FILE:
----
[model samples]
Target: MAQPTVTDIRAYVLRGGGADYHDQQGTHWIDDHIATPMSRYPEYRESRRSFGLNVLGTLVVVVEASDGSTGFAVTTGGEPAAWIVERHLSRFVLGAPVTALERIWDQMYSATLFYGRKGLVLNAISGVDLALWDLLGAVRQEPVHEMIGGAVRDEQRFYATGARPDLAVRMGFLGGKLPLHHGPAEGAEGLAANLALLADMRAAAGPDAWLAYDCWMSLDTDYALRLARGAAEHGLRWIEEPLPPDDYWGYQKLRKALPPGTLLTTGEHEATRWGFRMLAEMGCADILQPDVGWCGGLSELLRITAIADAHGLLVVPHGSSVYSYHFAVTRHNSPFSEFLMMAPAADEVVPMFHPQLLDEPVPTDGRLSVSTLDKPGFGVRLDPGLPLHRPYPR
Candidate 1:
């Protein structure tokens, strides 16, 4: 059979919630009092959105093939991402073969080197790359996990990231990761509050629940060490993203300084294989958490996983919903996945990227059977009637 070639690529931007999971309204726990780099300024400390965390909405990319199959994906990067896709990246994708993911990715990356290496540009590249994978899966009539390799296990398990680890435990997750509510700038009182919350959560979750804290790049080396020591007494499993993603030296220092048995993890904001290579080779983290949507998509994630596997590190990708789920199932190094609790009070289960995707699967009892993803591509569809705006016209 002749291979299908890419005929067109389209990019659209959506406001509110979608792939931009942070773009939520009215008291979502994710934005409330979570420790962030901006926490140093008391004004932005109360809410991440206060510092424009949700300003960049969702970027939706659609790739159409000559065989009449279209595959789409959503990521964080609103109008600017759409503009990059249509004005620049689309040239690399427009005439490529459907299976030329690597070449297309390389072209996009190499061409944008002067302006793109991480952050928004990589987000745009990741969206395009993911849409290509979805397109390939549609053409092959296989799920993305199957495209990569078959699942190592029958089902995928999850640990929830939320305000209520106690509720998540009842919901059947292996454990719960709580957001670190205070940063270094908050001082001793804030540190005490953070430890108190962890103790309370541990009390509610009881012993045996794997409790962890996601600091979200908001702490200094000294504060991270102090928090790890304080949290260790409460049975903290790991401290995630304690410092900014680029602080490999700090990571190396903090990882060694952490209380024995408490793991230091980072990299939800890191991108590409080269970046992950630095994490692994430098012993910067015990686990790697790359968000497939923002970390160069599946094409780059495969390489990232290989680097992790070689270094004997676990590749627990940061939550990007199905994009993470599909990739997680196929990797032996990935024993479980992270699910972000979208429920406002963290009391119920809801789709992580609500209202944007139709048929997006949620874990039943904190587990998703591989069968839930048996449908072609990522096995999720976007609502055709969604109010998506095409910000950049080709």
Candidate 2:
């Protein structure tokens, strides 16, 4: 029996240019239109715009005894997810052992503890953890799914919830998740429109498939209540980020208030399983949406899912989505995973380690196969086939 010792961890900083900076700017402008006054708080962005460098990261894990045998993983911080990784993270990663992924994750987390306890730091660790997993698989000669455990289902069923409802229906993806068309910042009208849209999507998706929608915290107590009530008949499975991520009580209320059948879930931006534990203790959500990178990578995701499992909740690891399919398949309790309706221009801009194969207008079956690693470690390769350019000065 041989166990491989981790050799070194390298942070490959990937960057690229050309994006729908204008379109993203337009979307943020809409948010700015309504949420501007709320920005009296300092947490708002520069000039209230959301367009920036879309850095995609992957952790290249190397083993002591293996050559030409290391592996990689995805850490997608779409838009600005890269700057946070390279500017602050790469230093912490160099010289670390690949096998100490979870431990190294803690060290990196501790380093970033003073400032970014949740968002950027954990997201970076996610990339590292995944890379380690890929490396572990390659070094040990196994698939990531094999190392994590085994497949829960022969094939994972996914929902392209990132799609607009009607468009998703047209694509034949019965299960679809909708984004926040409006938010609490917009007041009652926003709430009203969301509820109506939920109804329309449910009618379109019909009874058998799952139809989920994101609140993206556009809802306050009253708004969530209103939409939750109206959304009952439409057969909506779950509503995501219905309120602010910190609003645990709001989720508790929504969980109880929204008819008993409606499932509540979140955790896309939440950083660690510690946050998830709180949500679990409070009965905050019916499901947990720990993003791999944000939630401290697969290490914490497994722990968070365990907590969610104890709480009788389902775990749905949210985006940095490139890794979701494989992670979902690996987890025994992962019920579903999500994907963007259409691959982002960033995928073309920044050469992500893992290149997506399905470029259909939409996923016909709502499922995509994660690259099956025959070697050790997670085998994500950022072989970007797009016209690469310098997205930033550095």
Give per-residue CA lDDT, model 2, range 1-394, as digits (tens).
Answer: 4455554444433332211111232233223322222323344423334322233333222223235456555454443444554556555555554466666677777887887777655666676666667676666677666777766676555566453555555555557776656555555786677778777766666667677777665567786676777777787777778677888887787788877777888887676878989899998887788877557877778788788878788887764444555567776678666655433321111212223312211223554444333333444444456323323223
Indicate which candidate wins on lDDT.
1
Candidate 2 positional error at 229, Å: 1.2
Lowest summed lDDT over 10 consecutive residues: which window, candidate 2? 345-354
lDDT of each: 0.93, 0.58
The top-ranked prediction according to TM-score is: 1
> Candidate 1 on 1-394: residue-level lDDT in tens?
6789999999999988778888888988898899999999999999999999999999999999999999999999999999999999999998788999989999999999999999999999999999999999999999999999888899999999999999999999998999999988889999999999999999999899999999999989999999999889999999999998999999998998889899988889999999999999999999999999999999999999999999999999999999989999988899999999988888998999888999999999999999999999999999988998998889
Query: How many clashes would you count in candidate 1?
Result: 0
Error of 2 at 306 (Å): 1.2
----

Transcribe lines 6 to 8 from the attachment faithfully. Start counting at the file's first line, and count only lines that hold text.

């Protein structure tokens, strides 16, 4: 029996240019239109715009005894997810052992503890953890799914919830998740429109498939209540980020208030399983949406899912989505995973380690196969086939 010792961890900083900076700017402008006054708080962005460098990261894990045998993983911080990784993270990663992924994750987390306890730091660790997993698989000669455990289902069923409802229906993806068309910042009208849209999507998706929608915290107590009530008949499975991520009580209320059948879930931006534990203790959500990178990578995701499992909740690891399919398949309790309706221009801009194969207008079956690693470690390769350019000065 041989166990491989981790050799070194390298942070490959990937960057690229050309994006729908204008379109993203337009979307943020809409948010700015309504949420501007709320920005009296300092947490708002520069000039209230959301367009920036879309850095995609992957952790290249190397083993002591293996050559030409290391592996990689995805850490997608779409838009600005890269700057946070390279500017602050790469230093912490160099010289670390690949096998100490979870431990190294803690060290990196501790380093970033003073400032970014949740968002950027954990997201970076996610990339590292995944890379380690890929490396572990390659070094040990196994698939990531094999190392994590085994497949829960022969094939994972996914929902392209990132799609607009009607468009998703047209694509034949019965299960679809909708984004926040409006938010609490917009007041009652926003709430009203969301509820109506939920109804329309449910009618379109019909009874058998799952139809989920994101609140993206556009809802306050009253708004969530209103939409939750109206959304009952439409057969909506779950509503995501219905309120602010910190609003645990709001989720508790929504969980109880929204008819008993409606499932509540979140955790896309939440950083660690510690946050998830709180949500679990409070009965905050019916499901947990720990993003791999944000939630401290697969290490914490497994722990968070365990907590969610104890709480009788389902775990749905949210985006940095490139890794979701494989992670979902690996987890025994992962019920579903999500994907963007259409691959982002960033995928073309920044050469992500893992290149997506399905470029259909939409996923016909709502499922995509994660690259099956025959070697050790997670085998994500950022072989970007797009016209690469310098997205930033550095």
Give per-residue CA lDDT, model 2, range 1-394, as digits (tens).
Answer: 4455554444433332211111232233223322222323344423334322233333222223235456555454443444554556555555554466666677777887887777655666676666667676666677666777766676555566453555555555557776656555555786677778777766666667677777665567786676777777787777778677888887787788877777888887676878989899998887788877557877778788788878788887764444555567776678666655433321111212223312211223554444333333444444456323323223